FCC Will Go Ahead With Its Plan To Make Cable Boxes Suck Less FCC Will Go Ahead With Its Plan To Make Cable Boxes Suck Less

Today, the FCC decided in a 3-2 vote to keep going down the road that will (hopefully) make all our cable boxes suck less. Not only will this plan probably save you some serious cash , it will also bring a much-needed injection of competition from third parties, meaning your cable box may actually not suck in the future....

Even Obama Uses a Selfie Stick Even Obama Uses a Selfie Stick

Your browser does not support HTML5 video tag.Click here to view original GIF BitStream is the stream of consciousness of the tech internet, gathering up all the pieces of news and rumors that may have slipped by in the last 24 hours.Obama uses a selfie stick, and that's a good thing President Obama is an internet president. He needs to...

SpaceX Is Busy SpaceX Is Busy

Earlier this month, SpaceX said they were ready to move into mass production with its Falcon 9 rocket . Yeah, no kidding.This photo, posted on SpaceX’s Instagram, shows five first stage rockets in the works at the company’s headquarters in Hawthorne, California. Previous reports have said NASA is hungry for reusable rockets, and SpaceX says that in the near...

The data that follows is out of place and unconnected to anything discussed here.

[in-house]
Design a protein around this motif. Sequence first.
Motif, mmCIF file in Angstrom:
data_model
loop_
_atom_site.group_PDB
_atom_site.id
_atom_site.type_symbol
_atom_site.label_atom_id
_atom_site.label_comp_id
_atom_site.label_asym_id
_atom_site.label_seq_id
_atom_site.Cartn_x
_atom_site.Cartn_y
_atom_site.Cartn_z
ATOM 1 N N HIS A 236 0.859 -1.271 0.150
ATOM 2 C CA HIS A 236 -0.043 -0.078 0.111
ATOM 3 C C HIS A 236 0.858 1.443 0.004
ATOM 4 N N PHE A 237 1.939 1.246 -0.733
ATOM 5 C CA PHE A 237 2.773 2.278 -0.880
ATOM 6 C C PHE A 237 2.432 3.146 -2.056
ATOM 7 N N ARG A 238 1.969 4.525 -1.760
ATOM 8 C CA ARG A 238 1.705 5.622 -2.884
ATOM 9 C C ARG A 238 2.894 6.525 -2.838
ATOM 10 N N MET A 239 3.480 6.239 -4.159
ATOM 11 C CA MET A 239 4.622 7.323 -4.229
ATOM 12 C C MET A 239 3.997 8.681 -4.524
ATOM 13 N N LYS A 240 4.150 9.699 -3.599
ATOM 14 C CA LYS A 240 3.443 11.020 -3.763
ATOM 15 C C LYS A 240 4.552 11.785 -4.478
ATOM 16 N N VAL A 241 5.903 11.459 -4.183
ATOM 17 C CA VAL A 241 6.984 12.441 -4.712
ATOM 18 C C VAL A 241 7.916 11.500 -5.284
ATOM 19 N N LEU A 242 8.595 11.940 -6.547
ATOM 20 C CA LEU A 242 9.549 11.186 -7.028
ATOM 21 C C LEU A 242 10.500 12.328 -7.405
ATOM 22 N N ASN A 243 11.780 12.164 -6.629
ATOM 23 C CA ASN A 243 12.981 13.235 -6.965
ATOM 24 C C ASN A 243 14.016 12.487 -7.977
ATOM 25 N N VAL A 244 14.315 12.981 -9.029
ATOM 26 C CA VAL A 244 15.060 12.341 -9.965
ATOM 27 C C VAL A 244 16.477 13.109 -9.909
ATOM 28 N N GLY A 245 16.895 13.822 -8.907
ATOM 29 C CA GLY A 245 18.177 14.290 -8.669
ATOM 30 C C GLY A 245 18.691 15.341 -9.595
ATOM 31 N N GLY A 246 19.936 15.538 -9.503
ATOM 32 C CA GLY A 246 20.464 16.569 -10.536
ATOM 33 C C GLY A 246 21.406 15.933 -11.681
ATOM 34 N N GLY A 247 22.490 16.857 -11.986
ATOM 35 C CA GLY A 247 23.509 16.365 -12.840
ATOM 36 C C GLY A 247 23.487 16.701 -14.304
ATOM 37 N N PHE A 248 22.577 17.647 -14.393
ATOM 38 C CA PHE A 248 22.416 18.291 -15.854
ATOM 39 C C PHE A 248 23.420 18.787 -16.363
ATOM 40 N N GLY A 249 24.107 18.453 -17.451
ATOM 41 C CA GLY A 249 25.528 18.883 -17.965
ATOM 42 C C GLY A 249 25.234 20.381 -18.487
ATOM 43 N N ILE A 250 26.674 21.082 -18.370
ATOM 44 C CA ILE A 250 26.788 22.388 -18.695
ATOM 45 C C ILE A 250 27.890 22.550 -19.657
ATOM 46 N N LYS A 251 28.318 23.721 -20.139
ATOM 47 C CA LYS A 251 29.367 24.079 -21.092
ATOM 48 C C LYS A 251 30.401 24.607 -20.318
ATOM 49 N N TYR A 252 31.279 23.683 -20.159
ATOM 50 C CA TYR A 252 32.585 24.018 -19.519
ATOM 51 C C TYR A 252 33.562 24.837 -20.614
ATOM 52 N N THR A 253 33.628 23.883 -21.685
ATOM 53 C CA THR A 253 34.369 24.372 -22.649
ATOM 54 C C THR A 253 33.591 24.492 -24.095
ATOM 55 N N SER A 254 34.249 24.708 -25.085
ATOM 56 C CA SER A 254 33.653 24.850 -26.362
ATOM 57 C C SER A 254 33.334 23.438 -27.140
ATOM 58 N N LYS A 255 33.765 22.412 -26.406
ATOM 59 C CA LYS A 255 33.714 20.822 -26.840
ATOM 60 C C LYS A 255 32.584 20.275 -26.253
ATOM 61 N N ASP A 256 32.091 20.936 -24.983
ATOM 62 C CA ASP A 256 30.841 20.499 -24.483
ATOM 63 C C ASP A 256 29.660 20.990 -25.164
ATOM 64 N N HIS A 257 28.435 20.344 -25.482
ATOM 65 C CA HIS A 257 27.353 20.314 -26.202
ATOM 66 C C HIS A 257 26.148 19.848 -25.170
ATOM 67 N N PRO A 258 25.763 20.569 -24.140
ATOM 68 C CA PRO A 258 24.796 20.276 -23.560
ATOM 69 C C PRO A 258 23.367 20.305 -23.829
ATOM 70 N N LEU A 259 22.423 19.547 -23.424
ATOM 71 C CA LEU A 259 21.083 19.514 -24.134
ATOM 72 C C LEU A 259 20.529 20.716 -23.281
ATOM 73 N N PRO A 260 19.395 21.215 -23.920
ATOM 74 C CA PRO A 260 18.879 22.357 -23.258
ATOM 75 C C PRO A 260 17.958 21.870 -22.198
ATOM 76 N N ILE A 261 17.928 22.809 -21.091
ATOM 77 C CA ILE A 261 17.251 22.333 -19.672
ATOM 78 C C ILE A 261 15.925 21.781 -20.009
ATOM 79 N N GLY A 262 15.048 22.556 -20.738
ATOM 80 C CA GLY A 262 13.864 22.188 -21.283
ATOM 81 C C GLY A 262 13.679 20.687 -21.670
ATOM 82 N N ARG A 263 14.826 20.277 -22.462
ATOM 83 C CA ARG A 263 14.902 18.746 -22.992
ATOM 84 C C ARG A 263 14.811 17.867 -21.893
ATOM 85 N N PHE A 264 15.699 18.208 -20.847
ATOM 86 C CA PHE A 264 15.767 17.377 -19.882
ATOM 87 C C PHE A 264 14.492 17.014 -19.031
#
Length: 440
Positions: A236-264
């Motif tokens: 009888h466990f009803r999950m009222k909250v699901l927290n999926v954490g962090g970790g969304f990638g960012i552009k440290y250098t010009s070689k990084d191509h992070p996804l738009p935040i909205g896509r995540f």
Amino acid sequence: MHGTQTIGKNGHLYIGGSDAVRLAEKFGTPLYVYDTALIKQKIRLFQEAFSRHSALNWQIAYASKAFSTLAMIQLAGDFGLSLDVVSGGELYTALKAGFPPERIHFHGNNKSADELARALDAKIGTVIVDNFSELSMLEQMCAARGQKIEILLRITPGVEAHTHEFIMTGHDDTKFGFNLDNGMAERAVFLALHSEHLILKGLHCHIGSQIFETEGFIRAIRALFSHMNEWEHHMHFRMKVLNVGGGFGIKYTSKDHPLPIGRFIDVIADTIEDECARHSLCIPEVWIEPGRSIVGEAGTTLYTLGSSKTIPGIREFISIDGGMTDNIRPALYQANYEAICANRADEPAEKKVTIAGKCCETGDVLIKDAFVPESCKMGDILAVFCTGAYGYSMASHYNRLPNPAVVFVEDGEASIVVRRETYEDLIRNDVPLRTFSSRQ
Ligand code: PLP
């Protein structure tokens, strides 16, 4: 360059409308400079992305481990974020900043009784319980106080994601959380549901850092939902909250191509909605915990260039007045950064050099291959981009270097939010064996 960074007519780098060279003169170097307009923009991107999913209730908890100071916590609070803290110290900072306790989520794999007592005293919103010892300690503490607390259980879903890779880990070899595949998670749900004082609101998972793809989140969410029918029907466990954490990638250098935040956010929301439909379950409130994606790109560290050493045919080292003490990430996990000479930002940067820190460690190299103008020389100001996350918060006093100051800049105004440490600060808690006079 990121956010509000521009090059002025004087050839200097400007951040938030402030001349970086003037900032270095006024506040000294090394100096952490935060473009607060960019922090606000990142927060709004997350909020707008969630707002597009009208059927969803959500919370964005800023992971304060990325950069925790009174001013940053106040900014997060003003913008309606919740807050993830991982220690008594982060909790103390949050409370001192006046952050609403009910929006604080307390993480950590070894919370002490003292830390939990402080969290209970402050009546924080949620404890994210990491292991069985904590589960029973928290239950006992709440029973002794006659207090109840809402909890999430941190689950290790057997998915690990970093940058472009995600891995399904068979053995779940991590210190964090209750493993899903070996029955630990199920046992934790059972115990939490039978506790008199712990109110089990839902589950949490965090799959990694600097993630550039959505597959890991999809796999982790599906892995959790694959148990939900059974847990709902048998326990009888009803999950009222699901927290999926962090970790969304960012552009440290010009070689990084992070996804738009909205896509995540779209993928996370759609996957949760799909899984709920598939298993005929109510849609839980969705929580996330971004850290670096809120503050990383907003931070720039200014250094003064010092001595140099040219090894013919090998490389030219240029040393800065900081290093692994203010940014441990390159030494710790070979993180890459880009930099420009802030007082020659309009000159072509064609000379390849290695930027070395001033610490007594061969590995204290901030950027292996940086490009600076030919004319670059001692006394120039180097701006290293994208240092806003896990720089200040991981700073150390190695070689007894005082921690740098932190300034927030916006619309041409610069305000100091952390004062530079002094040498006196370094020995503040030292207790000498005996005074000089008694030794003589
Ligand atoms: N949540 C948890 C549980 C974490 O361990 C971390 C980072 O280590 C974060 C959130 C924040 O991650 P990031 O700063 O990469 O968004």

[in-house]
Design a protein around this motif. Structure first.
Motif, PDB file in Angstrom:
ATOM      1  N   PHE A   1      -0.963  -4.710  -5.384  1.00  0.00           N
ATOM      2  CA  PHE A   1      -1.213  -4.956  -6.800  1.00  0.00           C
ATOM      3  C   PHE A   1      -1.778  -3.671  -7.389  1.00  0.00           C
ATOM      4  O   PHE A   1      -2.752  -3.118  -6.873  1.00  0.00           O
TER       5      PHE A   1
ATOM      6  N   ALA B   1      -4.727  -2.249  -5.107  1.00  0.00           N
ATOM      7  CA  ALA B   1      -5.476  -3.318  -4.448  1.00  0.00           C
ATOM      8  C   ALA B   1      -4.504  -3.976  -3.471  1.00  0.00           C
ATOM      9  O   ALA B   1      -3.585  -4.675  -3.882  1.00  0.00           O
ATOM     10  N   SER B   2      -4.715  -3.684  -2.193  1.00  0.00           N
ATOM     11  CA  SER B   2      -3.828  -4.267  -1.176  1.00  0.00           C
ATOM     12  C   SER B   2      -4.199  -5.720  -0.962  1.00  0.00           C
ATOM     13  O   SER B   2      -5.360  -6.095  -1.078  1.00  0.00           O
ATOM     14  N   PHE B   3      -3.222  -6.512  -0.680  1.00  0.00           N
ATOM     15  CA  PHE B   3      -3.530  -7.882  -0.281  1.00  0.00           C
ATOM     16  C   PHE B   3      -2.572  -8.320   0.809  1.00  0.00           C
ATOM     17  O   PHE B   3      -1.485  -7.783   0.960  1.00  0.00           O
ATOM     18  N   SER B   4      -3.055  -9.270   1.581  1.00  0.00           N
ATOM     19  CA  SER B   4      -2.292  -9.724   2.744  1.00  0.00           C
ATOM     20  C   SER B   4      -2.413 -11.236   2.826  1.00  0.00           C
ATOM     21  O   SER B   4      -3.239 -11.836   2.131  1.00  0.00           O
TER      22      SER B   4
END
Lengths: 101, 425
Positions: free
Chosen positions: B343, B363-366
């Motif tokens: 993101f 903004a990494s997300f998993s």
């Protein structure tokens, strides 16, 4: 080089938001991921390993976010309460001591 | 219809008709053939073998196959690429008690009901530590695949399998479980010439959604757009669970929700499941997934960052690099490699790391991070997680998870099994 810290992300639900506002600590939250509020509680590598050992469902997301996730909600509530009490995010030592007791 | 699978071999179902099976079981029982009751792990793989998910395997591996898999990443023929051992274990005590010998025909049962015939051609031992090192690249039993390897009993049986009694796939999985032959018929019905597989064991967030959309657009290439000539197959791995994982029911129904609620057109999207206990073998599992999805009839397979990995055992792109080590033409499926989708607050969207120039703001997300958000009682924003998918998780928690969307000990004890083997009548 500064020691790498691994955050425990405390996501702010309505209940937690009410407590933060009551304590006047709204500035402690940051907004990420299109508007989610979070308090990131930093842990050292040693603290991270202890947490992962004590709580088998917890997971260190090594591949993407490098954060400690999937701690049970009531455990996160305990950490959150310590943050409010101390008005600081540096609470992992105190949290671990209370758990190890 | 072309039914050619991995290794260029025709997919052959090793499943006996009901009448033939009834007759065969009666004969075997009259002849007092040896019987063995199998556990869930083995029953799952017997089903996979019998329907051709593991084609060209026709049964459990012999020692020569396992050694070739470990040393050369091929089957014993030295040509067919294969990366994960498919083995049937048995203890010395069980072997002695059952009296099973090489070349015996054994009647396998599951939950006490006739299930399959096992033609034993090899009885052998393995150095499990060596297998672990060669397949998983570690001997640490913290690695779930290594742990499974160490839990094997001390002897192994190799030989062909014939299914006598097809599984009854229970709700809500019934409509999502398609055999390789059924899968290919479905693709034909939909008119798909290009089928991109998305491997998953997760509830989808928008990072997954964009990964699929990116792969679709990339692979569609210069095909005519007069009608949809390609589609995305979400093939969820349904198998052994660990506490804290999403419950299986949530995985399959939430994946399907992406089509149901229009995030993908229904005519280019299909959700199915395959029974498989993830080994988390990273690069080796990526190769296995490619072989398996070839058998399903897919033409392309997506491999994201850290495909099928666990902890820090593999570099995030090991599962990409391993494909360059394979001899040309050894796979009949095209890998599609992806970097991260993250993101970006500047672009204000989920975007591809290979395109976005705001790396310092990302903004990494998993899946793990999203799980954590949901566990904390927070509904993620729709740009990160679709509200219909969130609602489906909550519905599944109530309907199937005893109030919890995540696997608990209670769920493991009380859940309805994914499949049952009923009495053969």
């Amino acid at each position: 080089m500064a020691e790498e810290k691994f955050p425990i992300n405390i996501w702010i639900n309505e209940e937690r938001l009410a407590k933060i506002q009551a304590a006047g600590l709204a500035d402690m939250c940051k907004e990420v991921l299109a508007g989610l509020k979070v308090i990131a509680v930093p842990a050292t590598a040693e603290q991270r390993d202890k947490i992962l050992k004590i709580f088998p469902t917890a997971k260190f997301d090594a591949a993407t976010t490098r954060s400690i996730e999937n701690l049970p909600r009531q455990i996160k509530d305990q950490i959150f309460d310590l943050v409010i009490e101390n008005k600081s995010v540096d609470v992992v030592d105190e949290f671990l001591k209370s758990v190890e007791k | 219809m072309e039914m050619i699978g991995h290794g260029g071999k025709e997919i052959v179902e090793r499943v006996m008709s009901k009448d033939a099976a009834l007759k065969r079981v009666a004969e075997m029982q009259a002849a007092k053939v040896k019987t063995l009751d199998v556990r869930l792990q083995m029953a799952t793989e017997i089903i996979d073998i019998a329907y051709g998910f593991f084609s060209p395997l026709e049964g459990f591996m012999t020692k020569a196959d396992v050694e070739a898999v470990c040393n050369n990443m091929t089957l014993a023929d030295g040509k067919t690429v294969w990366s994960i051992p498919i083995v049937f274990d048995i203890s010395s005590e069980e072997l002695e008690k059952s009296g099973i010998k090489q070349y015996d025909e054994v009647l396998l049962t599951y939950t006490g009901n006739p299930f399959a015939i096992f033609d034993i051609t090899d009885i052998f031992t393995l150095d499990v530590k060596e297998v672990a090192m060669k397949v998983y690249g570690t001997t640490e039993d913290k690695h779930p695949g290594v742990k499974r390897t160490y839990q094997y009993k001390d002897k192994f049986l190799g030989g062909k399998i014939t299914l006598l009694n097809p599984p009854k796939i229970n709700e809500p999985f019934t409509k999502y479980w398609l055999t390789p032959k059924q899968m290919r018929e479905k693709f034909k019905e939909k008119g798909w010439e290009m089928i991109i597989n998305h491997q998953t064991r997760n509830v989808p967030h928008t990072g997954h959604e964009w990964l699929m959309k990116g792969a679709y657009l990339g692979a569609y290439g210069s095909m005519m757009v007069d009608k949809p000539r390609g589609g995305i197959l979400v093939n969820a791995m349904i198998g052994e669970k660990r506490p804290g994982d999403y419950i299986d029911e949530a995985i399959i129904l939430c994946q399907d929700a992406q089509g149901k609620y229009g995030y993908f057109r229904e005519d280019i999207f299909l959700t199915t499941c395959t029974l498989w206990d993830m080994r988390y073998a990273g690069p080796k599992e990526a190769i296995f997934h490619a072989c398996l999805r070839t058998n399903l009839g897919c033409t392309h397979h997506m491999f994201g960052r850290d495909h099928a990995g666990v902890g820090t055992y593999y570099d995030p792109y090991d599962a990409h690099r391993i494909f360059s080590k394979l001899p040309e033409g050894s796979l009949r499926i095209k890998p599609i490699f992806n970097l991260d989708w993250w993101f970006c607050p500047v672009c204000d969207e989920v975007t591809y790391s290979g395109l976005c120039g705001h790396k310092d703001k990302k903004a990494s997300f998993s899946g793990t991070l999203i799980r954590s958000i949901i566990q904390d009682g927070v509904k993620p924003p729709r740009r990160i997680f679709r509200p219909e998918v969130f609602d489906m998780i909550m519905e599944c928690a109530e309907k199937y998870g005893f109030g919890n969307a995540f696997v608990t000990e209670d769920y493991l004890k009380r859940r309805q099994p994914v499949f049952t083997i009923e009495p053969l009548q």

A Security Flaw Leaves Millions of Verizon Customers Vulnerable A Security Flaw Leaves Millions of Verizon Customers Vulnerable

Technology is filled with all kinds of rumors, real and fabricated. It gives us a look at what might be and will be. BitStream gathers the whispers all in one place to divine what the future has in store.Verizon may be snatching up media companies left and right , but it might want to spend some funds on upping...

Suggested posts

One Journalist's Undercover Stint as a Terrorist's Online Girlfriend One Journalist's Undercover Stint as a Terrorist's Online Girlfriend

Welcome to Reading List, a weekly collection of great tech reads from around the web. This week we explore one journalist’s undercover internet relationship with a Syrian jihadi, the vicious legal battle that’s stymied the growth of hologram technology in the entertainment industry, and more! Enjoy.When a French journalist posed online as a young woman interested in Isis, she...